• It is a prerogative of God to act in wrath against creation because, as Creator, He is sovereign over it.
• “It is not a permanent attribute of God. For whereas love and holiness are part of his essential nature, wrath is contingent upon human sin: if there were no sin there would be no wrath” – TDNT.
o Do you agree with this statement?
Of course, put simply, God’s wrath means that, “He intensely hates all sin” – Wayne Grudem.
• Or, as Martin Luther put it, it is the backhand of God’s love.
In fact, to drive home the necessity of a holy God acting in wrath consider the following question that Wayne Grudem proposes:
• If you had to list attributes of a God that was not worthy of worship, what would some of those attributes be?
• Surely, sin is worthy of both being hated and judged?
Biblically, God’s wrath is well documented in both the OT and NT.
The Old Testament:
• Exodus 22:21–24 (ESV) — 21 “You shall not wrong a sojourner or oppress him, for you were sojourners in the land of Egypt. 22 You shall not mistreat any widow or fatherless child. 23 If you do mistreat them, and they cry out to me, I will surely hear their cry, 24 and my wrath will burn, and I will kill you with the sword, and your wives shall become widows and your children fatherless.
• Exodus 32:9–10 (ESV) — 9 And the LORD said to Moses, “I have seen this people, and behold, it is a stiff-necked people. 10 Now therefore let me alone, that my wrath may burn hot against them and I may consume them, in order that I may make a great nation of you.”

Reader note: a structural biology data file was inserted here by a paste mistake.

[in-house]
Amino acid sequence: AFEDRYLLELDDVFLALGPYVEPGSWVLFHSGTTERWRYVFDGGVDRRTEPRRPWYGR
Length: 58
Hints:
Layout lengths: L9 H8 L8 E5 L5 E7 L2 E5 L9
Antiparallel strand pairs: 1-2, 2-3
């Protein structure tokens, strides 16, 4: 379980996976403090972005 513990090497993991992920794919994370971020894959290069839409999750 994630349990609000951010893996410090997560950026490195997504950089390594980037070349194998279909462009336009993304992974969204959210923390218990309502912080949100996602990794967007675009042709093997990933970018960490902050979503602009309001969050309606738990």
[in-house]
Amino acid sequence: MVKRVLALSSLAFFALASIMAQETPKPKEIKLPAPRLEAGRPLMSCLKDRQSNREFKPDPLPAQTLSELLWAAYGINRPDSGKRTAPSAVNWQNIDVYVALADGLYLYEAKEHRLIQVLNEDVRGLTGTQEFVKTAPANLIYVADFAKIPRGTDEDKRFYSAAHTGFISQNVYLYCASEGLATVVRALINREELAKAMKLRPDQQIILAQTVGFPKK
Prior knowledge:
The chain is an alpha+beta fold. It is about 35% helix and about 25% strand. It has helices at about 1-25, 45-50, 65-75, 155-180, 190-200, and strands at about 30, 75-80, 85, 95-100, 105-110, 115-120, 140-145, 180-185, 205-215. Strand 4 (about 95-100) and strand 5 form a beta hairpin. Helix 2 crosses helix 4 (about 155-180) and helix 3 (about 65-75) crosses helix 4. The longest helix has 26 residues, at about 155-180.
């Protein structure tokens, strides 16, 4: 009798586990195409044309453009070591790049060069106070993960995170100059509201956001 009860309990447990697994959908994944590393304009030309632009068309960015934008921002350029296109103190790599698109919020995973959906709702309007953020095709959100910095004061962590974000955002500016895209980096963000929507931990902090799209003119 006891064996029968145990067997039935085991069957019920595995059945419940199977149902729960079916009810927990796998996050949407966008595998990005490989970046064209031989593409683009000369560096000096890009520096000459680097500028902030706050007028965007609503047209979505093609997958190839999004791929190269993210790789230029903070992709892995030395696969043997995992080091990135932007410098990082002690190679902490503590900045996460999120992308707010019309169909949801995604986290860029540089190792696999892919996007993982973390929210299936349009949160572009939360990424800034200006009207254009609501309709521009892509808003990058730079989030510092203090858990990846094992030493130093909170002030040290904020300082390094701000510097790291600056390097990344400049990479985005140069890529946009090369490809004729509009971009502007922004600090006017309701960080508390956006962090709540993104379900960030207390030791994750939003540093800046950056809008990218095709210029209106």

• Deuteronomy 9:7–8 (ESV) — 7 Remember and do not forget how you provoked the LORD your God to wrath in the wilderness. From the day you came out of the land of Egypt until you came to this place, you have been rebellious against the LORD. 8 Even at Horeb you provoked the LORD to wrath, and the LORD was so angry with you that he was ready to destroy you.
• 2 Kings 22:13 (ESV) — 13 “Go, inquire of the LORD for me, and for the people, and for all Judah, concerning the words of this book that has been found. For great is the wrath of the LORD that is kindled against us, because our fathers have not obeyed the words of this book, to do according to all that is written concerning us.”
• Psalm 78:21–22 (ESV) — 21 Therefore, when the LORD heard, he was full of wrath; a fire was kindled against Jacob; his anger rose against Israel, 22 because they did not believe in God and did not trust his saving power.
o In fact, in Romans 11:20, Paul says unbelieving Israel was broken off so that the believing Gentiles might be grafted in to the “nourishing root of the olive tree”.